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Clair McPherson: 1987

from American Benedictine Review; no 38 [1987] 115-126

 

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I can tell a tale of truth about myself:
I speak of travels, how I in days of toil
Suffered often times of trouble;
Bitter breast-care have I abided.
Ship-board became my abode of care,
And every wretched wave, when the night-watch
Held me in peril at the vessel's prow,
Till it pitched by the cliffs. Pinched by cold
Were my feet, bound by frost
In clasps of cold, while cares sighed
Hot round my heart. Hunger tore
The sea-weary spirit. The man knows not
Whose lot in life is fair and land-locked
How I walked by winter the exile's footpaths,
Wretched in sorrows on an ice-cold sea,
Bereft of beloved kinsmen,
Hung with icicles, showered by hail.

Naught met my ear but echoing sea,
The ice-cold surf. The swan's wild song
I made do for pastime; the gannet's cry
And the song of the whoop for the laugh of a man,
The laugh of a mew for a quaff of the mead.
There storms beat the stone cliffs, there the stearn answers back,
Frost-feathered; there shrieks the eagle
Fierce-feathered; No shielding lord
Could shelter this soul-weary wretch.
No, scarce can he believe, who leads the sweet life,
Who bides in the burg, bold and wine-wanton
Where woe stays small, how oft I, weary,
Must bide on the brine.

Night-shadow darkens, north snow falls,
Rime binds the ground, hail falls to earth,
Corn of the coldest. So now my mind
Urges my heart to the high-streams,
To go myself and see the salt-waves play.
And now this longing heart leads
The soul of seafaring, far hence to seek
The earth of a strange land.

No man upon earth is so proud in spirit
Nor so fortunate in gifts, nor so bold in his youth,
Nor so worthy for his deeds, nor so blessed in his benefactor,
That he never is anxious about sea-faring,
To what and where the Lord will bring him.

Nor is his mind on the harp, nor in the having of rings,
Nor on women, nor on this world,
Nor upon anything save the tossing of waves;
Forever he longs to take to the sea.

The boughs take a bloom, bedecked the burgs,
Make the fields fair; the world flies on;
All this drives the mind of the
Eager-mood on to journey.

And the cuckoo urges by song of sadness;
Summer's ward warbles, speaks of woe,
Bitter in the breast-hoard. The comfort-blessed man
Cannot sense how some must suffer,
Who widest lay the lines of exile.
And so my heart flies aloft above the breast-locker
My spirit sails over the ocean,
Roams wide over the whale's way,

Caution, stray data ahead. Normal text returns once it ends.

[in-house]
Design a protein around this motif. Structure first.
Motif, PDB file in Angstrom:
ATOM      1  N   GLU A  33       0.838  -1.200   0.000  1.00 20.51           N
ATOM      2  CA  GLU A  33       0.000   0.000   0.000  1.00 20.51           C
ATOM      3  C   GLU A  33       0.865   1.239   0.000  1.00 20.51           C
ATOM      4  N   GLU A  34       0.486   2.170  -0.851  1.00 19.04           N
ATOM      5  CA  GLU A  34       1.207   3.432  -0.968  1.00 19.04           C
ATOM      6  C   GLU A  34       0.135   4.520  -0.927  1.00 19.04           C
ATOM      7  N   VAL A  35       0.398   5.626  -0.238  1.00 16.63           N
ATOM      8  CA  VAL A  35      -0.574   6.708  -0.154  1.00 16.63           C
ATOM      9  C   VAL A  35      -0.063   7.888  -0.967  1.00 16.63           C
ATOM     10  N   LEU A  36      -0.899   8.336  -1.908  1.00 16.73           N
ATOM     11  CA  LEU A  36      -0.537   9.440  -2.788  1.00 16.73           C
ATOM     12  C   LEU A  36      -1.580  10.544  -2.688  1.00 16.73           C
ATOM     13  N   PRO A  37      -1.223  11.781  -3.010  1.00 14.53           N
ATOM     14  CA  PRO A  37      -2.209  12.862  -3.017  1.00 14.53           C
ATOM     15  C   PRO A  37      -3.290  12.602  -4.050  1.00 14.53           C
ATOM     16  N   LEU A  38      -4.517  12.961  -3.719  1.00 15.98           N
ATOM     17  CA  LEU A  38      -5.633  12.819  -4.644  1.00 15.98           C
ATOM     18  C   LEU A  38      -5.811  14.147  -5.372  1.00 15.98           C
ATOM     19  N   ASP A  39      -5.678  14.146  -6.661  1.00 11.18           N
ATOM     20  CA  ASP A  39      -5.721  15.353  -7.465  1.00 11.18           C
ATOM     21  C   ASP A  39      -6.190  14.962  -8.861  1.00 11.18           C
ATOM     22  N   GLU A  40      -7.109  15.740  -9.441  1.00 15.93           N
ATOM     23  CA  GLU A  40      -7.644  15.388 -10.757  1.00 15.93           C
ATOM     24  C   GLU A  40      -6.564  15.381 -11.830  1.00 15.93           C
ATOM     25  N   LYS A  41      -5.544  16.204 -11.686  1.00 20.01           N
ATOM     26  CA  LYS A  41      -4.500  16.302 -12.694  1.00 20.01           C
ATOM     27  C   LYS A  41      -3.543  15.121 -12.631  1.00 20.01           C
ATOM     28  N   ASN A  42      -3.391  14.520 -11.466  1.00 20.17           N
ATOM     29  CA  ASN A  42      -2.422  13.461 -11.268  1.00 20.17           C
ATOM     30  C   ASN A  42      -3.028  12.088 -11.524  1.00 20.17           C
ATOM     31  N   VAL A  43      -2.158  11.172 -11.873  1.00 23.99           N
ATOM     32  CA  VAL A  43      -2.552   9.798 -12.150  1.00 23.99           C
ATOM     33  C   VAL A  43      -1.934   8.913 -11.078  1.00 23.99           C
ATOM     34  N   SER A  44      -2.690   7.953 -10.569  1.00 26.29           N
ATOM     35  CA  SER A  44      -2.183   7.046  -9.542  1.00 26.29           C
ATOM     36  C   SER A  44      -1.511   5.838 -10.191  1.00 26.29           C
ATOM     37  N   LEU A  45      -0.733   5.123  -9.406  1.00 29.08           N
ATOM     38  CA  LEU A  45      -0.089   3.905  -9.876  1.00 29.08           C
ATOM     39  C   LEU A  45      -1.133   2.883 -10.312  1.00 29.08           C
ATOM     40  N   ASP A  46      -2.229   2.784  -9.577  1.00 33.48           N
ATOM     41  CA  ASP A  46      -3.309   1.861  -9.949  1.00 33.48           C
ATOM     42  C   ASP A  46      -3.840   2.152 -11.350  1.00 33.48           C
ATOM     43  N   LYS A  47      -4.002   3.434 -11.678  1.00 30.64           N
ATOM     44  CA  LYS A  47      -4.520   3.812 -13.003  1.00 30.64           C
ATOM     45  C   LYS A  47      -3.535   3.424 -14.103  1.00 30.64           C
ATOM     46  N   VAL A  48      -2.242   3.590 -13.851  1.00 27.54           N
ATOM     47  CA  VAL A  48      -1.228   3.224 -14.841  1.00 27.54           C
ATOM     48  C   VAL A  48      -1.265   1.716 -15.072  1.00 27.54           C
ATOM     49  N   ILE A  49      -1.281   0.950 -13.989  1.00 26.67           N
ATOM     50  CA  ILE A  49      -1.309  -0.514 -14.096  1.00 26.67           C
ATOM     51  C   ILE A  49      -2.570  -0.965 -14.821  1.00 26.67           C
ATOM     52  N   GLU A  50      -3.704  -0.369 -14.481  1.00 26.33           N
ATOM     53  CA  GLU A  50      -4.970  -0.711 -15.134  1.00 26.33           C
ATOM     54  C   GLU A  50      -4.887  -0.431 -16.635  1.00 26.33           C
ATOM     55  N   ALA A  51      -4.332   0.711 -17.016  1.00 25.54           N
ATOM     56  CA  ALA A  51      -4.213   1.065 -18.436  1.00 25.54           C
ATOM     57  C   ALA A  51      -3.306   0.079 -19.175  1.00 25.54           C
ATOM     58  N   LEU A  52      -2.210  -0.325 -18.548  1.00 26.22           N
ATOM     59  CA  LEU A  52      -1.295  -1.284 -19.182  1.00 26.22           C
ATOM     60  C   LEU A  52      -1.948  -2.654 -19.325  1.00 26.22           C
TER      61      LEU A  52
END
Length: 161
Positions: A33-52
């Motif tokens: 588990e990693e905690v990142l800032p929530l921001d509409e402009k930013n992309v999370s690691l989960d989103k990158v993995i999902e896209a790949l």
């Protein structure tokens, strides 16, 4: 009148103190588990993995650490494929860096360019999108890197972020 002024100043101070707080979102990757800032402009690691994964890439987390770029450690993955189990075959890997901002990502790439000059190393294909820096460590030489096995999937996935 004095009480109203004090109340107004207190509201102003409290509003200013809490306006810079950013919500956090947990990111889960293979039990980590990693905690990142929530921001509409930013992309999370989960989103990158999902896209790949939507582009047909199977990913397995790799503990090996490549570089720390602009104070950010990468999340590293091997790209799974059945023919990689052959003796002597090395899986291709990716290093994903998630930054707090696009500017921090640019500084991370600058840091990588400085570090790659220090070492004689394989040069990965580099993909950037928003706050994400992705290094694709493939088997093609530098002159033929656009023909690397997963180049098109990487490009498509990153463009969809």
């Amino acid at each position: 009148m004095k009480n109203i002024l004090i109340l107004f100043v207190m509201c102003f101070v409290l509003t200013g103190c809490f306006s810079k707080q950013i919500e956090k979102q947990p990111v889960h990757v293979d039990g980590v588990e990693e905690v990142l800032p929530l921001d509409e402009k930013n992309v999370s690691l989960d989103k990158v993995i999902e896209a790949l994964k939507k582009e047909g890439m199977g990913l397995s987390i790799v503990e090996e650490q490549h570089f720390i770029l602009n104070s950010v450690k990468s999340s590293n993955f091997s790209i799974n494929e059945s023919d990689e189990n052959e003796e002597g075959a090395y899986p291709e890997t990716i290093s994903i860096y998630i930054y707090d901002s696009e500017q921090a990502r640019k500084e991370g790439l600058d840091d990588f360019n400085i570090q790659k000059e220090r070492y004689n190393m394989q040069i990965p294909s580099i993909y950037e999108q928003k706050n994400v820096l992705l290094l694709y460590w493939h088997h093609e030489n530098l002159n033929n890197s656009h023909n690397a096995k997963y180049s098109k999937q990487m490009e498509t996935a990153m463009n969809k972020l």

The corners of the earth, then comes back to me,
Staring and greedy; the sole flier screams,
Whets the heart unawares on to the whale-way
Over the sea's expanse; so hotter to me
Are the Lord's delights than this dead life,
Lean upon land. I little believe
That this world's wealth lasts without limit.
For every thane one of three things
Becomes a dilemma before his death-days:
Illness or age or evil by the sword
Wrenches the life from the fated man.
So every earl seeks esteem from survivors,
The words spoken later speak loudest and best:
This he must get, before going his way.
Brave works in this World against hateful warriors,
By dire deeds against the devil,
Secure the praises of the sons of men;
His legend later lives among the angels
Always and ever in the joys of eternity,
In the delights of heaven. Days have departed,
All the pomp of the regions of earth;
No king lives nor Caesar.

The gold-givers are long gone
Who once did glory-deeds
and lived in the renown of the very lordly.
Hope has wandered, joys have withered,
Weak ones live, they inherit the world;
They exploit it by business; bliss is degraded,
Excellence of the earth fades and ages,
As does every man throughout middle-earth.
Age overcomes him, his face ashen
His crown grows white or he knows that old comrades,
Sons of princes are consigned to the ground.
The flesh-home cannot, when the life fails,
Swallow the sweet, nor feel the sore,
Nor move the hand, nor think in the mind.
Though brother for his brother gold might bring
To bedeck his gravesite, to bury him by the dead
With various of treasures, he can't take them with him;

Nor for the soul that is strained in sin
May gold prove help before God's awful power,
Though he hid it away before, when he lived here.

Mighty is the Measurer's power; before him the planet spins;
He arranged the rocky regions,
The face of the earth and the high heavens.
Mad is he who dreads not the Lord; death finds him unprepared
Blessed is he who lives lowly;
                                                  the bliss of heaven finds him waiting
God makes his mind steadfast, for he trusts in his might.
Man should steer by a strong mind, and hold that stable,
Constant in his Covenant, Clean in his ways.
Every man must bear in true moderation,
Love for friends, Loathing for foes,
Though he wants not w ---- fill
or burned on the bale
The friend he has wrought: wyrd is stronger,
The maker more mighty, than any man's craft.

Let us determine where our homeland might be,
And let us think how we might travel there;
And let us try to make that journey
To the lasting joys of eternity,
Where life is lived in the love of God,
The bliss of Heaven. Wherefore thank the Holy One
For that he glorified us, Eternal God,
Lord of wonder, world without end.

                                                  Amen.

Peter Monamy (1681-1749)             a Ship in Distress

 

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